Saturday, April 19, 2008

Creme Caramel

Like the Poor Man's Potatoes which I ate at Movida and despearately wanted to make, this Creme Caramel is also from Movida and I really wanted to make it. Luckily, the Movida cookbook that I bought also has this recipe.

This Creme Caramel isn't the easiest thing to make, not first time anyway. Like all things that involve boiling sugar, it is fraught with risk. The first time I made this, I burnt the caramel three times and two fingers. It was not exactly the most enjoyable experience and I wanted to chuck it all in and give up when I had three burnt pots in the sink and the whole kitchen smelt of burnt sugar. Luckily, I persevered and the results were amazing. My creme caramel tasted very much like the one I had at Movida. It is very rich and creamy and just goes down your mouth so easily. The difference is that I must have cooked the milk a bit too long because the texture was a bit rough. The second time I made it, I also followed the recipe and it turned out the same. Hence, next time, I'm going to try not boiling the milk as long and seeing how that works out.

My tip for making the caramel is to watch it extremely closely. The original recipe said not to stir the sugar at all, but I found it would start to burn on the edges of the pan. Hence, you can stir it I found, but you should control the heat very closely. And don't wait for the caramel to go golden. Once all the sugar has melted, you can pretty much take it off the heat and it will get darker in colour.

Creme Caramel (Flan De Nata)

500 g caster sugar
500 ml milk
500 ml whipping cream
2 whole eggs at room temperature
9 egg yolks at room temperature

1) Caramelize 300 g of the sugar in a heavy based saucepan over high heat for 5 minutes. Stir the sugar occasionally when the edges start to melt and darken in colour. Reduce the heat to medium and continue cooking for 1-2 minutes until all the sugar has melted. Stirred as required.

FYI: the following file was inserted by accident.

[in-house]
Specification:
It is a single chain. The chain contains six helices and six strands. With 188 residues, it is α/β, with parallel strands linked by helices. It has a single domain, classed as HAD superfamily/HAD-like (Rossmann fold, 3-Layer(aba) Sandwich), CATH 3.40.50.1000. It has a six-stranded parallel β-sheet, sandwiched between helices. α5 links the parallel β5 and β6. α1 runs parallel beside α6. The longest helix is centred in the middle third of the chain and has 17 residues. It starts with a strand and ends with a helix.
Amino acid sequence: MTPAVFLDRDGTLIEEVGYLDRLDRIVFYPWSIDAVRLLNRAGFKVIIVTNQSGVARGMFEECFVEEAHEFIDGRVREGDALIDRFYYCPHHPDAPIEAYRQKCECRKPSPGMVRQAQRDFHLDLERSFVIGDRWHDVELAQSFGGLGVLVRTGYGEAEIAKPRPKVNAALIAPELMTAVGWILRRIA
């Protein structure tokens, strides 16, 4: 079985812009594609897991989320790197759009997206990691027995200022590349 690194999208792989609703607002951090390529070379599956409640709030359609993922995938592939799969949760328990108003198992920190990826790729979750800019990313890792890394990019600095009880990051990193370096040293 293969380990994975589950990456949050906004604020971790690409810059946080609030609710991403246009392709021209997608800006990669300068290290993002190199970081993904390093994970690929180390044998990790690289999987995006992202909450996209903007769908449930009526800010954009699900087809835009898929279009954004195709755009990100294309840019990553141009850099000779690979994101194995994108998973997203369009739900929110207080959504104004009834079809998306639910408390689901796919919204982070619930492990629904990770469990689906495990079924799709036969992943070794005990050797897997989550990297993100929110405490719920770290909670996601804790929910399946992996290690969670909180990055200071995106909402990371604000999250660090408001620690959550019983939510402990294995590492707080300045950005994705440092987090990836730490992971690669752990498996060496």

2) Quickly spoon 2 tablespoons of the caramel into the bottom of seven 200 ml ramekins. Place all the ramekins into a roasting tray.

3) Combine the milk and cream in a saucepan over medium heat. Just before the milk boils, take it from the heat and allow to cool for 10 minutes. Preheat oven to 170 C.

4) Combine the whole eggs, egg yolks and remaining 200 g of sugar in a bowl. Which until lightly combined.

5) Gradually pour 250 ml of the milk/cream mixture onto the egg and sugar while gently whisking. Add the remainder of the milk and cream mixture. Pour everything back into a heavy based saucepan over low to medium heat.

6) Stir the mixture for 10 - 12 minutes until the back of a wooden spoon is coated when dipped into the mixture. Ladle mixture into the ramekins.

7) Pour enough hot water into the roasting tin to fill up to 1 cm from the top of the ramekins. Place tray into oven.

8) Cook for 1 hour. Test if done by inserting knife into the centre of one custard right to the bottom. Pull knife to one side and if caramel rises, it is done. Set custards overnight in fridge.

9) To serve, run knife around the edge of the ramekins and carefully invert.


  1. Thanh, my favourite is Flan de Queso - creme caramel in a sense but made with philadelphia cream cheese instead of cream - THE best! Most mexican restaurants serve it... Vida x

  2. Vida, that desserts sounds great too. Do you have a recipe for it?

  3. G'day Thanh. What you're trying to make is a custard which sets gently in the oven. The rough texture you describe is curdled ('split') custard, caused by cooking it too long in the oven. The egg proteins contract due to the prolonged heating and the gel which has formed breaks as the contracting proteins squeeze out some of the moisture they had previously bound.

    So, don't worry about how long you boil the milk for (in fact, you just need to get it barely boiling and then stop, but longer won't harm the custard, other than perhaps changing the flavour slightly). You *absolutely* need to worry about how long the custards are in the oven. It's the same principle as for quiches or custard tarts. A custard is usually just set when the middle of the surface still seems a little runny when you jiggle the ramekin. It might not quite be set enough for a creme caramel, but it's worth experimenting with.

  4. Thank you so much Duncan. You have saved me much experimenting. I was going to try boiling it less first. Then the next step was to test the oven temp. Then it was how long in the oven. I will try cooking it for less time next and see what happens.

  5. I suggest 150 celcius for about 20 - 30 minutes